increasing number of homeless people in cities, and a decreasing property stock
available for long-term lets on the market. The situation in some cities can be
described as problematic because of the limited power to create supportive
housing regulations for cities. One of the respondents explained that this was the
reason why only local authorities facing problems take action.

The majority of the participants were hopeful and see the peer-to-peer
accommodation sector as having the potential to improve society. One believed
that the peer-to-peer rating system of platforms could make people more
conscious about their actions and thus make society better. In addition to that,
another stakeholder suggested that these services could serve as a temporary
housing solution for homeless people.

Open Data Institute 2017 / Case Study User analysis of peer-to-peer accommodation stakeholders 9

Data that would help


stakeholders make decisions
During interviews, lettings agents shared that better access to data, such as the
level of utilities consumption, from each household would be helpful as they could
help to determine their commercial success as either long term or short term lets.
One interviewee noted that all sorts of internal information were important, such as
current property prices, customer transaction history, statistics on how far a
property is away from the next lettings agent branch, since they would act as
indicators for how likely the business will be successful in letting the property in
different markets.

Fire services representatives showed interest in a more complete view of housing


data. They said in the interview that they did not have a complete picture of who
lives where and for what purpose, and that this was a huge challenge for all fire
services. Therefore, getting more information about the use of buildings would be
useful but they were also aware that sometimes access to this data is not free and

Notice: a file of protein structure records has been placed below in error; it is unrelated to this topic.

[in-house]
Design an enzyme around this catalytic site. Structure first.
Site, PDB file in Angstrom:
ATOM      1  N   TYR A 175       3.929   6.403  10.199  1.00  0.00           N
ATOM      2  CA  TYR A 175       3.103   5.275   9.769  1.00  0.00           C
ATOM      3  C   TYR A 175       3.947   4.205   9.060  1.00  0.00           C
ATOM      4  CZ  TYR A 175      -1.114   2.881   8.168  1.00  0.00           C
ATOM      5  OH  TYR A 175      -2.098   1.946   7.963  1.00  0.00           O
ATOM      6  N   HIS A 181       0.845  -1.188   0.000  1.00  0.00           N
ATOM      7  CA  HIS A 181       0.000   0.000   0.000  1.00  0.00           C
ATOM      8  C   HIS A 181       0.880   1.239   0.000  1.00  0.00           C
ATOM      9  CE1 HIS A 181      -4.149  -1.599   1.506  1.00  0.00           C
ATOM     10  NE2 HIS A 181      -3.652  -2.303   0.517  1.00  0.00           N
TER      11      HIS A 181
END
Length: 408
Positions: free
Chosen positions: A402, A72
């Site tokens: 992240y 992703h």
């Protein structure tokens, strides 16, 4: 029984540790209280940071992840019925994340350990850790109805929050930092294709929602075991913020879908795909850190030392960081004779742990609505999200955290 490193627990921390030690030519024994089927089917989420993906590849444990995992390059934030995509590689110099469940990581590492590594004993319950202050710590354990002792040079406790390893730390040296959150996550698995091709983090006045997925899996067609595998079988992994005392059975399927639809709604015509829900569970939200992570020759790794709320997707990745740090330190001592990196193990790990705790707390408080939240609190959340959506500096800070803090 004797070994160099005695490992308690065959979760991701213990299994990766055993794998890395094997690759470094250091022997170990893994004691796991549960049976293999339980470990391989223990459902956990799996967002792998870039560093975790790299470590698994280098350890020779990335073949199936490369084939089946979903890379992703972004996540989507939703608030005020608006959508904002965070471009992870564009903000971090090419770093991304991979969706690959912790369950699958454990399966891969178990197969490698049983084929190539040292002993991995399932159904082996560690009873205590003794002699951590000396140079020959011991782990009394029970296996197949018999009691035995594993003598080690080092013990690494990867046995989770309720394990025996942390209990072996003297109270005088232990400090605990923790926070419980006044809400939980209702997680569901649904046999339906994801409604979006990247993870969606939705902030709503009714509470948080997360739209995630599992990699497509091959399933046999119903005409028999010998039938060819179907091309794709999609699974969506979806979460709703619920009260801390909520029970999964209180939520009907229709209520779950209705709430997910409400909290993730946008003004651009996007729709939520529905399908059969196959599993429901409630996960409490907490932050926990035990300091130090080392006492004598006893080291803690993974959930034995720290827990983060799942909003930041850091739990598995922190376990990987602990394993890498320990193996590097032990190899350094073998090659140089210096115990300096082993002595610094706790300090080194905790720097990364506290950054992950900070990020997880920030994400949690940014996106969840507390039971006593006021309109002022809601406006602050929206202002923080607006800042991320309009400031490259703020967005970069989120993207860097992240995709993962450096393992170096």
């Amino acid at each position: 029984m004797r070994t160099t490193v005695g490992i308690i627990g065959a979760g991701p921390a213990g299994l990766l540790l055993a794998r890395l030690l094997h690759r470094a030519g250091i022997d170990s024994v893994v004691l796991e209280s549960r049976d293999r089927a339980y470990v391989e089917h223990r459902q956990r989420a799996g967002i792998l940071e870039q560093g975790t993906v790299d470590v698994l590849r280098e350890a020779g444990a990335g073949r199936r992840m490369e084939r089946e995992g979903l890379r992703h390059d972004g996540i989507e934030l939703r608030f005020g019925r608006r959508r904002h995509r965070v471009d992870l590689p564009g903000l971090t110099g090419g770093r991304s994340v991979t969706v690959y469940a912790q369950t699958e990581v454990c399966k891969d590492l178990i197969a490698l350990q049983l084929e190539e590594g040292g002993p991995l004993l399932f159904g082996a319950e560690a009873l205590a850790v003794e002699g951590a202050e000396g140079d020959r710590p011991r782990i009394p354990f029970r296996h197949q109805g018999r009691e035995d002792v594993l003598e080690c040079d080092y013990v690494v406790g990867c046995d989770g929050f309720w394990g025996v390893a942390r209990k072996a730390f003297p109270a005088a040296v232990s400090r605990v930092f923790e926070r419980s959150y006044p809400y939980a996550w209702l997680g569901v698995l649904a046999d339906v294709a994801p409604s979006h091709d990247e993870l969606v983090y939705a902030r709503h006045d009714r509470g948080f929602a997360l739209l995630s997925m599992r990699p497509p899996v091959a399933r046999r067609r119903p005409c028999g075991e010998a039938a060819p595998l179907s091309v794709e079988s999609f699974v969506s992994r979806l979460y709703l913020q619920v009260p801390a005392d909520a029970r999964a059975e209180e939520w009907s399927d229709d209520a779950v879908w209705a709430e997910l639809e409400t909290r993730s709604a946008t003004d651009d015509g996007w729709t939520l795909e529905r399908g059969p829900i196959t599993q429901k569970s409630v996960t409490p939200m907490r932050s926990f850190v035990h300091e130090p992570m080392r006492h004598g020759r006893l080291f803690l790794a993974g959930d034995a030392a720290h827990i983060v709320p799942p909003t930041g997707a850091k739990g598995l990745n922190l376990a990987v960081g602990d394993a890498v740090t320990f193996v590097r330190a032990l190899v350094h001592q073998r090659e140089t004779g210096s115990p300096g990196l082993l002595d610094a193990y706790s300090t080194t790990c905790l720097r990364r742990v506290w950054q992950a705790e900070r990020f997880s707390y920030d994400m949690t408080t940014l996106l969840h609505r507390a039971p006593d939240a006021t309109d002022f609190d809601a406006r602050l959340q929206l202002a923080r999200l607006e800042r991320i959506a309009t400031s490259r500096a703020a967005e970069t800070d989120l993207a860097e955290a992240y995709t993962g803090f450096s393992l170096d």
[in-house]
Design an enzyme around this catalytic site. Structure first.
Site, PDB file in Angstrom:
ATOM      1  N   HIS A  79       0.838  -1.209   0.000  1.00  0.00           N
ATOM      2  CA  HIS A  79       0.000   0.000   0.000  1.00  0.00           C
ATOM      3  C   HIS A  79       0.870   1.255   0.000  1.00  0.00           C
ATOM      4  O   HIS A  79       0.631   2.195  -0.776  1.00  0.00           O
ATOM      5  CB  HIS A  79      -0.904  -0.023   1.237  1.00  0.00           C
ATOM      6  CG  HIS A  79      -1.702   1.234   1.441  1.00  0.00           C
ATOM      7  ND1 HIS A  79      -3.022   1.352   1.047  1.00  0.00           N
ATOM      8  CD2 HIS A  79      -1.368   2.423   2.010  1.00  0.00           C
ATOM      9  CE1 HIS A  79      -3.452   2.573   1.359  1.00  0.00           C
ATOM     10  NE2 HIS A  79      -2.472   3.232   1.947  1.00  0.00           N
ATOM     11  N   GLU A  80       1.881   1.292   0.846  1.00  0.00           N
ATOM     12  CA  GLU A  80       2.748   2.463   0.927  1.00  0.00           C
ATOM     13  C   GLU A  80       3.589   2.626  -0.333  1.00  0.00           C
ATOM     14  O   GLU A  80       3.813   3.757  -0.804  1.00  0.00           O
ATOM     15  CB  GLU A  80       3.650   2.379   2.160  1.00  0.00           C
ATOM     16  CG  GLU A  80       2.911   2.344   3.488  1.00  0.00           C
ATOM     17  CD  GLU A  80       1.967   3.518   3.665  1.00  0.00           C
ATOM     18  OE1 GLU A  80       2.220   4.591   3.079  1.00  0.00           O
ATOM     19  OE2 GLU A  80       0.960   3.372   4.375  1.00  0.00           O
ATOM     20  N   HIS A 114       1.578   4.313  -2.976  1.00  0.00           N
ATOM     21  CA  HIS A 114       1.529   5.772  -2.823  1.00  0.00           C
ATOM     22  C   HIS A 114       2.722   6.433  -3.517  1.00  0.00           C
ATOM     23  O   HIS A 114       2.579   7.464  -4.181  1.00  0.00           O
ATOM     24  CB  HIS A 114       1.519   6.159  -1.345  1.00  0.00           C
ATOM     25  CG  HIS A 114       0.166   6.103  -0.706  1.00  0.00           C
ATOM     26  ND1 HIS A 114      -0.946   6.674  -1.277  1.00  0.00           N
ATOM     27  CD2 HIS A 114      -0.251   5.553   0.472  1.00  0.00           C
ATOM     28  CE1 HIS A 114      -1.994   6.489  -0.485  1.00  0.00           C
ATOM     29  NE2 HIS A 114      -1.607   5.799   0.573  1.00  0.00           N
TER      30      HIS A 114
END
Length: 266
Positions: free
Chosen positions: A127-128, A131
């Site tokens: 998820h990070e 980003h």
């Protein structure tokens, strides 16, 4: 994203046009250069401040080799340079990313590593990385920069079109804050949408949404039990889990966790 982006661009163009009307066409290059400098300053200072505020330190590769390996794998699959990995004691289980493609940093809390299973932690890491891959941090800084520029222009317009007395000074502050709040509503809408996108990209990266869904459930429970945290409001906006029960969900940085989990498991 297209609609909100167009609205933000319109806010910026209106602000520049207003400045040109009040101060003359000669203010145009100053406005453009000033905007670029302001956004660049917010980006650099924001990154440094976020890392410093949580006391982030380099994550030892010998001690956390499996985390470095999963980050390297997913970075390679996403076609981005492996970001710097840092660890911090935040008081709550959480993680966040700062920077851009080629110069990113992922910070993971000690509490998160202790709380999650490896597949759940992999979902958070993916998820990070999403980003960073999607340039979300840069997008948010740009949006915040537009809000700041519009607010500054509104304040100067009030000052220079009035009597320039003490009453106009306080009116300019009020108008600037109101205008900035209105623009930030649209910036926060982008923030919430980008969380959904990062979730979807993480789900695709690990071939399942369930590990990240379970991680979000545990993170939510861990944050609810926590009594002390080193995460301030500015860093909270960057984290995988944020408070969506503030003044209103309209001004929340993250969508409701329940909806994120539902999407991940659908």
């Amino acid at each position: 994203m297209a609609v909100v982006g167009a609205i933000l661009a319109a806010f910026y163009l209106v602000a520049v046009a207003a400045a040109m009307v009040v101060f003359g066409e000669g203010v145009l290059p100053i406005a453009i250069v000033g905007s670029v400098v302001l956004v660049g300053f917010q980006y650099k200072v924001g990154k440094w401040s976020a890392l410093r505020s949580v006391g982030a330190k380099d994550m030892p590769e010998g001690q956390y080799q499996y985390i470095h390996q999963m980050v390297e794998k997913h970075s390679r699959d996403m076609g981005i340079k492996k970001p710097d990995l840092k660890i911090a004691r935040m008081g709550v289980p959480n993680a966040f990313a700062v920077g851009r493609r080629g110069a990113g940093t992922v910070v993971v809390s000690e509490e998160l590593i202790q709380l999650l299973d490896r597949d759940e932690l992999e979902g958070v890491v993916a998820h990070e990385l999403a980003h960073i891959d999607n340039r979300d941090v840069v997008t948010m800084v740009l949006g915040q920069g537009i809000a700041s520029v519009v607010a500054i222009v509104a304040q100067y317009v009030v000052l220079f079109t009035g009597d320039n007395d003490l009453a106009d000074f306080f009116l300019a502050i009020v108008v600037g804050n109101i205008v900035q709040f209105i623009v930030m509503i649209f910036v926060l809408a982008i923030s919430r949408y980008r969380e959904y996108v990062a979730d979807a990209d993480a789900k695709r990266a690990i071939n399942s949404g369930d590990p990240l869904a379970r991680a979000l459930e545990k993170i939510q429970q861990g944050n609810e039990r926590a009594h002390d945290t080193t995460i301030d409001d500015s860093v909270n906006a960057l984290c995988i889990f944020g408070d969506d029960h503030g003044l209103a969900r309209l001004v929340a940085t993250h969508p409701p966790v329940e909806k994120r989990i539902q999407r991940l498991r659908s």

it may not be stored under the same format. They did not mention privacy.

Similarly, councils disclosed that they would want to have some central resources
to be able to check regularly, to see what homes are rented and for which period
of time and to understand the real impact of the peer-to-peer accommodation
platforms in their cities. Some are simply curious about the type of data that
peer-to-peer platforms are ready to share. For example, one of the interviewees
said they would be interested in the type of data that they could collect directly
from them.

Regarding platforms, they stated that they would want to learn more about
short-term rental stakeholders, as they are a new industry. They also said they
were interested in local reports in order to understand local pressures in different
cities and towns, as well as a proof of residency of their users.

Open Data Institute 2017 / Case Study User analysis of peer-to-peer accommodation stakeholders 10

Potential ideas that use


data to improve regulation
of the sector
During our interviews, we also invited participants to suggest several ways to
improve regulation in the sector in the preparation for the upcoming research
paper on regulatory approaches to peer-to-peer accommodation.

A large majority of stakeholders that we talked to agreed that if hosts in London


wanted to rent more than 90 days, they should seek permission from local
authorities. Many mentioned putting a system in place where peer-to-peer users
could query an address to see if it had correct permission from a local authority to
rent.

A platform recommended using existing regulations instead of searching for a new


regulatory model as it would be less time consuming and using government data,
such as council tax, to regulate and track whether someone is currently living in
the property. Platforms and housing representatives mentioned having landlords
licensed as a potential enforcer of the regulation.

Peer-to-peer accommodation platforms we interviewed ask for more clarity on


Londons 90-day rule.

One of the respondents suggested new ways of regulating, such as adding a


button in the peer-to-peer accommodation application that would help report
crimes to the police directly and working with platforms to open up data to create
better informed discussions.

In addition to this, an interviewee added that instead of trying to regulate


peer-to-peer platforms, they should be given more space to evolve. Based on his
experience in the pharmaceutical industry, personal contact could lead to a better
trusting environment.

Another participant recommended that more testing/experimentations needed to


be done in order to create better regulations, which would lead to higher trust and